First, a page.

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Piriformis Syndrome FAQs

Piriformis Syndrome Causes, Diagnosis, and Treatment

Written By DR CHOW Hung-Tsan

(Last updated on: Novemebter 4th 2021)

What is Piriformis Syndrome? 

The term Piriformis Syndrome can be used to describe both buttock pain arising from the Piriformis muscle and sciatica owing to compression of the Sciatic nerve by the Piriformis muscle [1].

It’s a poorly-understood condition in which the Piriformis muscle, located in the buttock, can ‘cramp up’ and causes buttock pain. The Piriformis muscle can also irritate the nearby Sciatic nerve and cause pain, numbness and tingling along the back of the leg and into the foot (the symptom of sciatica).

Recently, with improved understanding of the anatomy of the pelvis, especially from hip arthroscopy and magnetic resonance neurography, other causes of buttock pain with nerve symptoms have been identified, and the term Deep Gluteal Syndrome [2] has been proposed to replace the term Piriformis Syndrome– however the term ‘Piriformis Syndrome’ is well-established and probably best used for the time being.

Treatment for Piriformis Syndrome

Almost every treatment approach for Piriformis syndrome will include a focus on carefully and progressively stretching the Piriformis muscle.

Once a working diagnosis of Piriformis Syndrome is made, it’s appropriate to try a course of physical therapy, as physical therapy is often very effective, even in cases with long-standing symptoms.

If a patient fails to improve significantly with physical therapy, it’s appropriate to investigate further, to try to make sure nothing has been missed.

If the diagnosis remains ‘primary’ Piriformis Syndrome, it’s appropriate to consider second and third line treatments, such as injection.

Piriformis muscle and siatic nerve 

Fig. 1  Piriformis Muscle and Sciatic Nerve (Green Arrow) 

Where is the Piriformis Muscle? What does it do? 

There are two Piriformis muscles, one in each buttock.

They are roughly triangular – similar to pyramids - in shape – hence the name.

They are medium-sized muscles, located deep in the buttock, beneath the Gluteus maximus muscle.(fig.1)

They start mostly at the sacrum (lower spine) and connect to tip of each femur (thigh bone), running approximately horizontally.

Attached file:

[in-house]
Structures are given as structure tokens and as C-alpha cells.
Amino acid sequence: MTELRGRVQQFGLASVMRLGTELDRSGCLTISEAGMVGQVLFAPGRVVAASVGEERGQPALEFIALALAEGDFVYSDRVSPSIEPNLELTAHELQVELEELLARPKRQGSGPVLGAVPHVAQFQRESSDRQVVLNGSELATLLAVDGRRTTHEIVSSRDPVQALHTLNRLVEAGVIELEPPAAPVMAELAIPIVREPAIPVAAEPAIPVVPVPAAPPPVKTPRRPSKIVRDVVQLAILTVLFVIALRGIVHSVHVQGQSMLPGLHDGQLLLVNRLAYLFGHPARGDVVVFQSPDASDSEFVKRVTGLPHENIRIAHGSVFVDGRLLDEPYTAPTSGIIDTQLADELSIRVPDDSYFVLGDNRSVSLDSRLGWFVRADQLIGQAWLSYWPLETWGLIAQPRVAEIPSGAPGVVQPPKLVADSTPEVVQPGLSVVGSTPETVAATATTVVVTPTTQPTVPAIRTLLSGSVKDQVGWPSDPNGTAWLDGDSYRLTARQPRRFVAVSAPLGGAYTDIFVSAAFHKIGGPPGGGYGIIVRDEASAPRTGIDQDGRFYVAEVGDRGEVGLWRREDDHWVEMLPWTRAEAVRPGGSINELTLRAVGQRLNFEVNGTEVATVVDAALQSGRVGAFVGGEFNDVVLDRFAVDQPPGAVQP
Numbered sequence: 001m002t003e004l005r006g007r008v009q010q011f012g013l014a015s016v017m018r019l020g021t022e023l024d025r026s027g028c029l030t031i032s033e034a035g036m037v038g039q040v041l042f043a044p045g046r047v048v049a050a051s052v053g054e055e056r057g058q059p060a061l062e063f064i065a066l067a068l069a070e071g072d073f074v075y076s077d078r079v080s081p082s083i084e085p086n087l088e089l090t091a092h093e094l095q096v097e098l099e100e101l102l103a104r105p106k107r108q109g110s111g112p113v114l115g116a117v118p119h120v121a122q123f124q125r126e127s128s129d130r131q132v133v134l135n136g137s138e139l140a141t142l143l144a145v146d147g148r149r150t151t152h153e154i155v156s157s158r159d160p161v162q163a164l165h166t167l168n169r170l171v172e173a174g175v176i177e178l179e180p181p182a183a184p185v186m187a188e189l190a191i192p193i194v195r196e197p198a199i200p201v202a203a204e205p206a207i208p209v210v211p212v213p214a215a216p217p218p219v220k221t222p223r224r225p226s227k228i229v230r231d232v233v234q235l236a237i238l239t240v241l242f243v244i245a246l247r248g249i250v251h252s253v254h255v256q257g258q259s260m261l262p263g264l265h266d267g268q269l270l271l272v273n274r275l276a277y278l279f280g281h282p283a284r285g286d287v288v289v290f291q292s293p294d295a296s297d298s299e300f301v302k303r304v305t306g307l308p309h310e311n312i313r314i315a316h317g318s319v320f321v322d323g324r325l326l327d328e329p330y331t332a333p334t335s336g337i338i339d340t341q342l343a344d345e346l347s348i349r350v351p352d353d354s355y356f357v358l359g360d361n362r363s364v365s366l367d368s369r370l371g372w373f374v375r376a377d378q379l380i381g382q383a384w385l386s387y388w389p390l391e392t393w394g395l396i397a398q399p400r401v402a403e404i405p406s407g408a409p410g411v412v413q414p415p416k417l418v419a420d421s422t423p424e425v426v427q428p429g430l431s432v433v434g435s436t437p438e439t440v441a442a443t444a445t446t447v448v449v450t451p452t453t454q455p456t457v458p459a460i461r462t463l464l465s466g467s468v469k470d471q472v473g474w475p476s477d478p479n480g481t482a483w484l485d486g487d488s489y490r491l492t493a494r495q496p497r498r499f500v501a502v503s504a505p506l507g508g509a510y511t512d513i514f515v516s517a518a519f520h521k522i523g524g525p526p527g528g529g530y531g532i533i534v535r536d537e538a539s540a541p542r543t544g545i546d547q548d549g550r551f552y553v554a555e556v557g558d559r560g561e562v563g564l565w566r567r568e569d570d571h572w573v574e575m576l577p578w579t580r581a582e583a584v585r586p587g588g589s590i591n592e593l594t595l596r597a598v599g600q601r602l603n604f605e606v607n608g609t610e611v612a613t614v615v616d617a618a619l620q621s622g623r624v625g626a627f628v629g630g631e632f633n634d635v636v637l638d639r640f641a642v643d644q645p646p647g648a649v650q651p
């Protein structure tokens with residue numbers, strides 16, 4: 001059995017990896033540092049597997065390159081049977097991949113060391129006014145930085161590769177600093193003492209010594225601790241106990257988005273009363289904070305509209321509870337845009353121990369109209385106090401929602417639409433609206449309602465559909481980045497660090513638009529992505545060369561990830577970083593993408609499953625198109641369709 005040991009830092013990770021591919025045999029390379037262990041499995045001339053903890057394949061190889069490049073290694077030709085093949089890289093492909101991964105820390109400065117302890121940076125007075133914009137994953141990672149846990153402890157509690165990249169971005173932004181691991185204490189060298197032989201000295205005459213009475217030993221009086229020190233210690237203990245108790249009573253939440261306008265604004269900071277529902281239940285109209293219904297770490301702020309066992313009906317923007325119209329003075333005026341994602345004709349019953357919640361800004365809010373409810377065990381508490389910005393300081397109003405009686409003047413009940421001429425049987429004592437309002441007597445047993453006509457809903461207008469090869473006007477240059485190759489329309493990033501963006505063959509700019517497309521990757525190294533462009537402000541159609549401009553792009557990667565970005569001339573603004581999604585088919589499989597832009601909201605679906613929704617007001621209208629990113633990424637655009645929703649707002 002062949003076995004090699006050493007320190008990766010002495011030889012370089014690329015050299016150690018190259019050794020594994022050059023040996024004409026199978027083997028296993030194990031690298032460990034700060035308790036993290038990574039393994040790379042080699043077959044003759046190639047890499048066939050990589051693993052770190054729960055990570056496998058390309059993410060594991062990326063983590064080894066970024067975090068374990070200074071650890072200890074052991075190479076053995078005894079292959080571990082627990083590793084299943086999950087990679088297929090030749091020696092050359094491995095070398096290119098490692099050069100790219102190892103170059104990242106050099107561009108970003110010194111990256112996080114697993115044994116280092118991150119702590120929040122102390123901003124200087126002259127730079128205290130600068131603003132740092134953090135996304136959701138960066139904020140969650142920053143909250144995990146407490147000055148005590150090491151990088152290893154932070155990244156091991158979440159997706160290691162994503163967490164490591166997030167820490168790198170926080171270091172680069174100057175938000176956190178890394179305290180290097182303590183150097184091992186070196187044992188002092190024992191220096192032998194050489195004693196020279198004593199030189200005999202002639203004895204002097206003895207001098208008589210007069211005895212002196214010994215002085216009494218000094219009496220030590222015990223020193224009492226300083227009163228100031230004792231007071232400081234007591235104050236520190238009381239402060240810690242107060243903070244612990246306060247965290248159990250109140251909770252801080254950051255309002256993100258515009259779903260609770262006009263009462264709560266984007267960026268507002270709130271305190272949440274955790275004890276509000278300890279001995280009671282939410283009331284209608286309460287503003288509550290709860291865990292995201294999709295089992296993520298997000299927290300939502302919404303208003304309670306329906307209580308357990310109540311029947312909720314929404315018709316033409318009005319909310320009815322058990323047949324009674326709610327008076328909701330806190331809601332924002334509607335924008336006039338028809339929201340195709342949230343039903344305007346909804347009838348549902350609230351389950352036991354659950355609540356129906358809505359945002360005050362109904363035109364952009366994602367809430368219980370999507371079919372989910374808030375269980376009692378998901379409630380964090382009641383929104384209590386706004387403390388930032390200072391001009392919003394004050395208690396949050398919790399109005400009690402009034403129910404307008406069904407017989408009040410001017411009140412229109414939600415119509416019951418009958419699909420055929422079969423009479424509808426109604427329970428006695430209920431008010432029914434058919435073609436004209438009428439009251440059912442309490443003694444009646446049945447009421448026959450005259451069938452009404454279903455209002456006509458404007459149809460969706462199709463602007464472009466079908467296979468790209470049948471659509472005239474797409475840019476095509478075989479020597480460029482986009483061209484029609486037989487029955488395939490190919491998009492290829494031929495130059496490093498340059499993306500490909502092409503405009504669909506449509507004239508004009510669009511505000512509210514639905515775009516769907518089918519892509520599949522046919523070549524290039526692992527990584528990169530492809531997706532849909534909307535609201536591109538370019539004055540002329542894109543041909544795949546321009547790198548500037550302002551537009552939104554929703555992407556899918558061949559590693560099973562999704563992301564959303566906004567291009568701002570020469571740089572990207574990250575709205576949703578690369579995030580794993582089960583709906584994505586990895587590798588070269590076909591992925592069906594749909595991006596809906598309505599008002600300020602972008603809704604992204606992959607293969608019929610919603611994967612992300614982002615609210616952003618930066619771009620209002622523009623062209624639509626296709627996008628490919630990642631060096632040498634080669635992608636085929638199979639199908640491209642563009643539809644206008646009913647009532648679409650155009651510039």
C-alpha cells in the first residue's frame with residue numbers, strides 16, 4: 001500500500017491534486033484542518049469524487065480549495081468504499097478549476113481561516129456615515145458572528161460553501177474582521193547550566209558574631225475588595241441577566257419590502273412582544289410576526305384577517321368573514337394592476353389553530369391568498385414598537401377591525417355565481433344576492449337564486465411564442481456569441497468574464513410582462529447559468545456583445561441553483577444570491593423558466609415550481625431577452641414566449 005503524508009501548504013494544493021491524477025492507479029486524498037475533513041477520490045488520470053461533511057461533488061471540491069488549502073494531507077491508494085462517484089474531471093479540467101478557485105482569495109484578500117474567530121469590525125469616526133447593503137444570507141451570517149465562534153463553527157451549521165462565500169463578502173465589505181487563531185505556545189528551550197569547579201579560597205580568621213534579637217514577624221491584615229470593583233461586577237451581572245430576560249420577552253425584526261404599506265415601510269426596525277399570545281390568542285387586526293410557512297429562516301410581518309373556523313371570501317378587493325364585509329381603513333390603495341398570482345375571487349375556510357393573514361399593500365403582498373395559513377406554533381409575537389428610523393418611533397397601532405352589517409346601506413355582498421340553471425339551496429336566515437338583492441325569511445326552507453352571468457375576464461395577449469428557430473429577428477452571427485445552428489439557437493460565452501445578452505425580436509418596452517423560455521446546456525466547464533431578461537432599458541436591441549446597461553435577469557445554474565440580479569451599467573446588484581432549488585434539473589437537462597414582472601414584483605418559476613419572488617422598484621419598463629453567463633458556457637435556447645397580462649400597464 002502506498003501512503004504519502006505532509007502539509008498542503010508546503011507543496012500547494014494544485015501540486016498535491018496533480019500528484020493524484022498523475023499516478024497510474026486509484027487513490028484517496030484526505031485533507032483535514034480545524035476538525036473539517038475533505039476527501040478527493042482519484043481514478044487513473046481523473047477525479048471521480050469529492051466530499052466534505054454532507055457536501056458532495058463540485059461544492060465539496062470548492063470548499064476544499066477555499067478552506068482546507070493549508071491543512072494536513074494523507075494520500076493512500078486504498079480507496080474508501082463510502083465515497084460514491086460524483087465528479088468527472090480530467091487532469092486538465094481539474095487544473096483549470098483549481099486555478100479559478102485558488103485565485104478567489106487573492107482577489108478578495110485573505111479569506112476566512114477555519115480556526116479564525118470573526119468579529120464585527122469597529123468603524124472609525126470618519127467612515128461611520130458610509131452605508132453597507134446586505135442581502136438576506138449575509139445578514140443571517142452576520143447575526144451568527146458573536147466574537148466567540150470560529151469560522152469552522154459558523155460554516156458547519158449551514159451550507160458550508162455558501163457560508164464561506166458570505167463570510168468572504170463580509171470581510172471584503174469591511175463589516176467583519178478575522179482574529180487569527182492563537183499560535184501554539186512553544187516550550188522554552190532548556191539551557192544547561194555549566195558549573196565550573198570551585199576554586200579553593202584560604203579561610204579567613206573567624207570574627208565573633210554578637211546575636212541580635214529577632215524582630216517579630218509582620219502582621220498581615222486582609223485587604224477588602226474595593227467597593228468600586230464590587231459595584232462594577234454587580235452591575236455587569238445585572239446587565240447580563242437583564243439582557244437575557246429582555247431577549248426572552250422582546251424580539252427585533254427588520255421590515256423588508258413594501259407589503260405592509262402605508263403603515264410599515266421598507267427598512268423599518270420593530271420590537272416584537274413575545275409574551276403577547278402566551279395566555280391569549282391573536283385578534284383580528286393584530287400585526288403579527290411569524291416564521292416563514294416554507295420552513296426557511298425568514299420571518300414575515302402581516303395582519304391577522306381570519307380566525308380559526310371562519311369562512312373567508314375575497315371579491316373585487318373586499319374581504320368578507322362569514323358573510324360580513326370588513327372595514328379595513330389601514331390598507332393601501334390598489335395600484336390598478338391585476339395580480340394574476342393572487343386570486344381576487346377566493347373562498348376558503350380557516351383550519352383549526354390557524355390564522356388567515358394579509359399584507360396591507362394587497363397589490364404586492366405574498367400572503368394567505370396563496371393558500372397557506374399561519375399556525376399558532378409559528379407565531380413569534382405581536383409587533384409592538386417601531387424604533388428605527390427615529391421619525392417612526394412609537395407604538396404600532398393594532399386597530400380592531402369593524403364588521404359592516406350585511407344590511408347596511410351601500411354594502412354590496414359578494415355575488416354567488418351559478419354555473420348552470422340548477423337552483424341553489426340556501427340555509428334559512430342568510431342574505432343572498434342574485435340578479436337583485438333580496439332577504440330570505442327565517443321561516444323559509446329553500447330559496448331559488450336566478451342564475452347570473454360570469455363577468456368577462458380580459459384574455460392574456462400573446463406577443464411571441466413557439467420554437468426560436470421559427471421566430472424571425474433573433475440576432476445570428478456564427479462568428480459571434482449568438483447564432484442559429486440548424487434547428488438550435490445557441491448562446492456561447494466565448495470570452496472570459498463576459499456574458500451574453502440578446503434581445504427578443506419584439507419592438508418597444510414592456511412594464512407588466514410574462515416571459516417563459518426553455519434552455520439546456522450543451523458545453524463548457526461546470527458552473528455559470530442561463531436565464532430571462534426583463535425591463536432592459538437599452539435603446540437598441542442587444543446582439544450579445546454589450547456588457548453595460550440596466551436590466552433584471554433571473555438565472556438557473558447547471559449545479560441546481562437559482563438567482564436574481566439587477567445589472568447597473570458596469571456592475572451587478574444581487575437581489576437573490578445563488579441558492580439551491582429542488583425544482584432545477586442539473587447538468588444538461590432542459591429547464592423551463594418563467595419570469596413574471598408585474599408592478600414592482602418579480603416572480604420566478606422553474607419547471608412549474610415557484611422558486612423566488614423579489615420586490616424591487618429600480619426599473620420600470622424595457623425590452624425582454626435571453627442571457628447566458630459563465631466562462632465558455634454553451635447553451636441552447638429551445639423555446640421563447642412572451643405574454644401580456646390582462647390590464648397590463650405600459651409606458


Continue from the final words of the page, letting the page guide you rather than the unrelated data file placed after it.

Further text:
The Sciatic Nerve(fig.1), the major nerve supplying most of the lower limb muscles, usually runs just deep to Piriformis, which is why Piriformis problems can cause Sciatic symptoms.

Sometimes the Sciatic nerve can run through, or above, the Piriformis muscle, or the sciatic nerve may be split into two bundles with various unusual relations to the Piriformis[3, 4].

The ‘primary’ function of Piriformis is external rotation of the hip - assisting in turning the leg and foot outward – but Piriformis has secondary functions depending on the position of the leg – with the leg flexed it functions as an abductor of the hip – helping to stabilise the pelvis at heel strike – and would work hard climbing stairs. The secondary function is probably more important in everyday life than the primary function, but, however defined, the Piriformis muscle will be working whenever we walk, run, or climb stairs.

What are the causes of Piriformis Syndrome ? 

The exact causes of Piriformis syndrome are unknown. Suspected causes include: 

  • Muscle spasm in the Piriformis muscle, either because of irritation in the Piriformis muscle itself, or irritation of a nearby structure such as the sacroiliac joint or hip.
  • Tightening of the muscle, in response to injury or spasm.
  • Swelling of the Piriformis muscle, due to injury or spasm.
  • Bleeding in the area of the Piriformis muscle.

Any one or combination of the above problems can affect the Piriformis muscle (causing buttock pain) and may affect the adjacent Sciatic nerve (causing pain, tingling, or numbness in the back of the thigh, calf, or foot).

Irritation in the Piriformis muscle that affects the sciatica nerve

Fig 2. Piriformis muscle swellen that affect the Sciatic nerve